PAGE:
Big Bedfellows oppose worker-choice

Related story: "The 28 labor-states" • More worker-choice stories: here

Who's left to stick up for the little guy?

While business and labor leaders continue talks on how they could work together to defeat a "right-to-work" initiative, the group pushing the measure has been touting it to voters all over the Western Slope.

The campaign spokesman for Amendment 47, which would ban agreements requiring workers to pay for union representation, is spending the week visiting roughly a dozen towns and cities - from Rifle to Grand Junction and Durango.

"A big part of the campaign, of course, is reaching out to voters across the state," said Kelley Harp, spokesman for A Better Colorado, a pro-Amendment 47 group backed by executives such as Jonathan Coors of CoorsTek and Jake Jabs of American Furniture Warehouse.

With little chance that right- to-work proponents will withdraw their measure before an Oct. 2 deadline, a group of Denver-based executives continues to discuss the terms under which they could combine forces with organized labor to fight Amendment 47 at the ballot box.

In return, labor groups would agree to pull four ballot measures they hoped to use as leverage to persuade the right-to- work campaign to back down.

Businesses have characterized all four of the labor proposals as potentially devastating, but some local leaders have acknowledged that unions need an incentive to withdraw them after spending millions to get them on the ballot.

The talks between business, labor and elected officials have come down to how much money executives would contribute to a "no" campaign on Amendment 47 and two other amendments viewed as anti-union.

The amount businesses would spend - as much as $5 million - has been a sticking point mostly because such an alliance has little precedent.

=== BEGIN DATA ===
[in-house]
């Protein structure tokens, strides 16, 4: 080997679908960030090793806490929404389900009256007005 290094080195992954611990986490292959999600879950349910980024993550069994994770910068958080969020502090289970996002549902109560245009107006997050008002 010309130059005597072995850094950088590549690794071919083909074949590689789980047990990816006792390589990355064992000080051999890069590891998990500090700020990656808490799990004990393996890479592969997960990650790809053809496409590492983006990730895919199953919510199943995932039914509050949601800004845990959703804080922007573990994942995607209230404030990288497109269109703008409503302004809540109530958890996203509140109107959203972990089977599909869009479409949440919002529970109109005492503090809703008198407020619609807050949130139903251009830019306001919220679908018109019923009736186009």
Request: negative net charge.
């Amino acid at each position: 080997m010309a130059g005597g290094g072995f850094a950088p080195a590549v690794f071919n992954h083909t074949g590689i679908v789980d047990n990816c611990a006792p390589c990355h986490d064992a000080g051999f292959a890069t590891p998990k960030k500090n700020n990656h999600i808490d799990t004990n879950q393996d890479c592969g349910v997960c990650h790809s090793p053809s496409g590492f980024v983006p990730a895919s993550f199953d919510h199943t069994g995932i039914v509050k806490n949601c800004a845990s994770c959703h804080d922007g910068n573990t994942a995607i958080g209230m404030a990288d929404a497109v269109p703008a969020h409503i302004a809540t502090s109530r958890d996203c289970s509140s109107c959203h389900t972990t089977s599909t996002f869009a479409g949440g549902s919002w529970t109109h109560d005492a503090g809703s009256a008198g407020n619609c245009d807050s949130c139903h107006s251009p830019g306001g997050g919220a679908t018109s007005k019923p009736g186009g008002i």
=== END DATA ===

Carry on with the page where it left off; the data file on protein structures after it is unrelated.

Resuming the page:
"If you can get past the part that it is so unusual for business to raise money for that issue, there's a greater good in it," said Barry Hirschfeld, a longtime Denver businessman who sits on the board of Colorado Concern with some of the business executives trying to craft a deal to work with labor on a "no" campaign.

Hirschfeld stressed that he has not had direct involvement in the discussions with labor groups. But he said he remains hopeful that the members of Colorado Concern talking with union representatives can cement a deal.

Walt Imhoff, whose term on the same board expired last month, expressed frustration that Coors and other "right-to- work" backers have declined to pull their ballot measure despite the "very serious business interests" that have tried to head off the confrontation at the polls.

"The consequences of not trying to work with the unions in this case - because we've already got some pretty good labor laws on the books - is detrimental to future business," said the retired investment banker. "I'm surprised they don't understand that. I'm disappointed in the Coors operation," Imhoff said.


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